NIPS DISCML 2017 : NIPS 2017 Workshop on Discrete Structures in Machine Learning (DISCML)
Call For Papers
Call for Papers
DISCML -- 7th Workshop on Discrete Structures in Machine Learning at NIPS 2017 (Long Beach)
Dec 8, 2017
Discrete optimization problems and combinatorial structures are ubiquitous in machine learning. They arise for discrete labels with complex dependencies, structured estimators, learning with graphs, partitions, permutations, or when selecting informative subsets of data or features.
What are efficient algorithms for handling such problems? Can we robustly solve them in the presence of noise? What about streaming or distributed settings? Which models are computationally tractable and rich enough for applications? What theoretical worst-case bounds can we show? What explains good performance in practice?
Such questions are the theme of the DISCML workshop. It aims to bring together theorists and practitioners to explore new applications, models and algorithms, and mathematical properties and concepts that can help learning with complex interactions and discrete structures.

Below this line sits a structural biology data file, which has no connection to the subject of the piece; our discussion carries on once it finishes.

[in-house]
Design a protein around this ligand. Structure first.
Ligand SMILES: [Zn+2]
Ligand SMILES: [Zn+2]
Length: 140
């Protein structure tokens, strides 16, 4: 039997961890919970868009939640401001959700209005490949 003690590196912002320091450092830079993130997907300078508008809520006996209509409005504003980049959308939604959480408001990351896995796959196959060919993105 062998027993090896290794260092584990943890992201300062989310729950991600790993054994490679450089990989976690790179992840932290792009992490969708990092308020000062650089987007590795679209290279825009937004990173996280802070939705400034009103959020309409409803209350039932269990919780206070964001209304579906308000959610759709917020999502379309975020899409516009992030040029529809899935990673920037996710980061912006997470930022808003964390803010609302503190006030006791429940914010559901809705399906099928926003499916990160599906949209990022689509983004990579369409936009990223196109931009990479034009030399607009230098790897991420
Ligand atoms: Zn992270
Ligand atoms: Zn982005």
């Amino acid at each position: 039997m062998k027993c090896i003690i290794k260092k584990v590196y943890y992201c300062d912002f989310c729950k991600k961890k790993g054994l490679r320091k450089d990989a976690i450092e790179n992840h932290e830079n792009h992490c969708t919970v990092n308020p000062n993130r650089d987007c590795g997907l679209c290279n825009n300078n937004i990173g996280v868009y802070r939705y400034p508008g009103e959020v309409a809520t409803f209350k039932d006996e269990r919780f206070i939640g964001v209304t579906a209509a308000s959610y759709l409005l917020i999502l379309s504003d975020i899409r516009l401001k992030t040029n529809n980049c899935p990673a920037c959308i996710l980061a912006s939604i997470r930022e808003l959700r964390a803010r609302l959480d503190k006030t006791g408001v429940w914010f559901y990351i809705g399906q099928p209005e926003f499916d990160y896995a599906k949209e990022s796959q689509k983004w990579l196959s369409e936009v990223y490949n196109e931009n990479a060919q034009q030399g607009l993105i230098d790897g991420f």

We invite high-quality submissions that present recent results related to discrete and combinatorial problems in machine learning, and submissions that discuss open problems or controversial questions and observations, e.g., missing theory to explain why algorithms work well in certain instances but not in general, or illuminating worst case examples. We also welcome the description of well-tested software and benchmarks.
Areas of interest include, but are not restricted to:
* discrete optimization in context of deep learning
* bridging discrete and continuous optimization methods
* graph algorithms
* continuous relaxations
* learning and inference in discrete probabilistic models
* algorithms for large data (streaming, sketching, distributed)
* online learning
* new applications
Please send submissions in NIPS 2017 format (length max. 6 pages, non-anonymous) to firstname.lastname@example.org
Submission deadline: October 30, 2017.
Jeff A. Bilmes (University of Washington, Seattle),
Stefanie Jegelka (MIT),
Amin Karbasi (Yale University),
Andreas Krause (ETH Zurich, Switzerland),
Yaron Singer (Harvard University)